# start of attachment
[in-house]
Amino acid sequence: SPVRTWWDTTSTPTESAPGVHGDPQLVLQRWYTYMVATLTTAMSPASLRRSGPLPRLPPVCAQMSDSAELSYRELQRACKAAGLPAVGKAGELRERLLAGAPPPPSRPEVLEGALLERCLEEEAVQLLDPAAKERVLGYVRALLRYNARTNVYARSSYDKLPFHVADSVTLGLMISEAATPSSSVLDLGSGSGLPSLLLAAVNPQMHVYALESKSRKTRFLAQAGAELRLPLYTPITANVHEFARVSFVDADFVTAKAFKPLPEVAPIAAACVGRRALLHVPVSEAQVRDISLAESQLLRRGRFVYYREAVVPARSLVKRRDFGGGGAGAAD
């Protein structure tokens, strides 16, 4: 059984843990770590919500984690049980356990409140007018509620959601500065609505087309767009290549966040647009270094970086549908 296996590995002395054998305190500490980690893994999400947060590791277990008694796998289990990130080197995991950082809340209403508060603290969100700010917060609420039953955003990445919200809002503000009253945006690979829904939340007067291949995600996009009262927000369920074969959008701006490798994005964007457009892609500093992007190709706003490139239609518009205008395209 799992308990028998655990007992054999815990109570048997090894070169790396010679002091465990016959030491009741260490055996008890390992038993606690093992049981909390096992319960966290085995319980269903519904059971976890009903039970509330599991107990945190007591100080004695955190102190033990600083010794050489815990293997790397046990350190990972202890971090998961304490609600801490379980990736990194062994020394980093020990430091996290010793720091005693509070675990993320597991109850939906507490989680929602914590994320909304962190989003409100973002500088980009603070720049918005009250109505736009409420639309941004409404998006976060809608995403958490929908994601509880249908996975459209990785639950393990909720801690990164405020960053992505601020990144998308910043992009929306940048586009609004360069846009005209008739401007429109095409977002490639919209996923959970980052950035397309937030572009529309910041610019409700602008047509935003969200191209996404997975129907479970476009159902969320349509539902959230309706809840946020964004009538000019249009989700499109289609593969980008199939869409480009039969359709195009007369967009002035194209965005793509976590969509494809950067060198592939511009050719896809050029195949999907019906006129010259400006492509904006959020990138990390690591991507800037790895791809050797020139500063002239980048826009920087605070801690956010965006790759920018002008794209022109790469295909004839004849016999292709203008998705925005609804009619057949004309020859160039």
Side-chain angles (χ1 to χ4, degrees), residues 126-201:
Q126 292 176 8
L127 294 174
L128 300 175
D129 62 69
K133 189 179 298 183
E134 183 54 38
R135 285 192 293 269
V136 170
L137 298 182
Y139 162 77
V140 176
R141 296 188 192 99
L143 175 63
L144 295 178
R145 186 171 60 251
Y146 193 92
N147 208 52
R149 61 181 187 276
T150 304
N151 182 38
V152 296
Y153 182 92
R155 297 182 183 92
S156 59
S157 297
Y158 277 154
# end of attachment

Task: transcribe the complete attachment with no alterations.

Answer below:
[in-house]
Amino acid sequence: SPVRTWWDTTSTPTESAPGVHGDPQLVLQRWYTYMVATLTTAMSPASLRRSGPLPRLPPVCAQMSDSAELSYRELQRACKAAGLPAVGKAGELRERLLAGAPPPPSRPEVLEGALLERCLEEEAVQLLDPAAKERVLGYVRALLRYNARTNVYARSSYDKLPFHVADSVTLGLMISEAATPSSSVLDLGSGSGLPSLLLAAVNPQMHVYALESKSRKTRFLAQAGAELRLPLYTPITANVHEFARVSFVDADFVTAKAFKPLPEVAPIAAACVGRRALLHVPVSEAQVRDISLAESQLLRRGRFVYYREAVVPARSLVKRRDFGGGGAGAAD
């Protein structure tokens, strides 16, 4: 059984843990770590919500984690049980356990409140007018509620959601500065609505087309767009290549966040647009270094970086549908 296996590995002395054998305190500490980690893994999400947060590791277990008694796998289990990130080197995991950082809340209403508060603290969100700010917060609420039953955003990445919200809002503000009253945006690979829904939340007067291949995600996009009262927000369920074969959008701006490798994005964007457009892609500093992007190709706003490139239609518009205008395209 799992308990028998655990007992054999815990109570048997090894070169790396010679002091465990016959030491009741260490055996008890390992038993606690093992049981909390096992319960966290085995319980269903519904059971976890009903039970509330599991107990945190007591100080004695955190102190033990600083010794050489815990293997790397046990350190990972202890971090998961304490609600801490379980990736990194062994020394980093020990430091996290010793720091005693509070675990993320597991109850939906507490989680929602914590994320909304962190989003409100973002500088980009603070720049918005009250109505736009409420639309941004409404998006976060809608995403958490929908994601509880249908996975459209990785639950393990909720801690990164405020960053992505601020990144998308910043992009929306940048586009609004360069846009005209008739401007429109095409977002490639919209996923959970980052950035397309937030572009529309910041610019409700602008047509935003969200191209996404997975129907479970476009159902969320349509539902959230309706809840946020964004009538000019249009989700499109289609593969980008199939869409480009039969359709195009007369967009002035194209965005793509976590969509494809950067060198592939511009050719896809050029195949999907019906006129010259400006492509904006959020990138990390690591991507800037790895791809050797020139500063002239980048826009920087605070801690956010965006790759920018002008794209022109790469295909004839004849016999292709203008998705925005609804009619057949004309020859160039």
Side-chain angles (χ1 to χ4, degrees), residues 126-201:
Q126 292 176 8
L127 294 174
L128 300 175
D129 62 69
K133 189 179 298 183
E134 183 54 38
R135 285 192 293 269
V136 170
L137 298 182
Y139 162 77
V140 176
R141 296 188 192 99
L143 175 63
L144 295 178
R145 186 171 60 251
Y146 193 92
N147 208 52
R149 61 181 187 276
T150 304
N151 182 38
V152 296
Y153 182 92
R155 297 182 183 92
S156 59
S157 297
Y158 277 154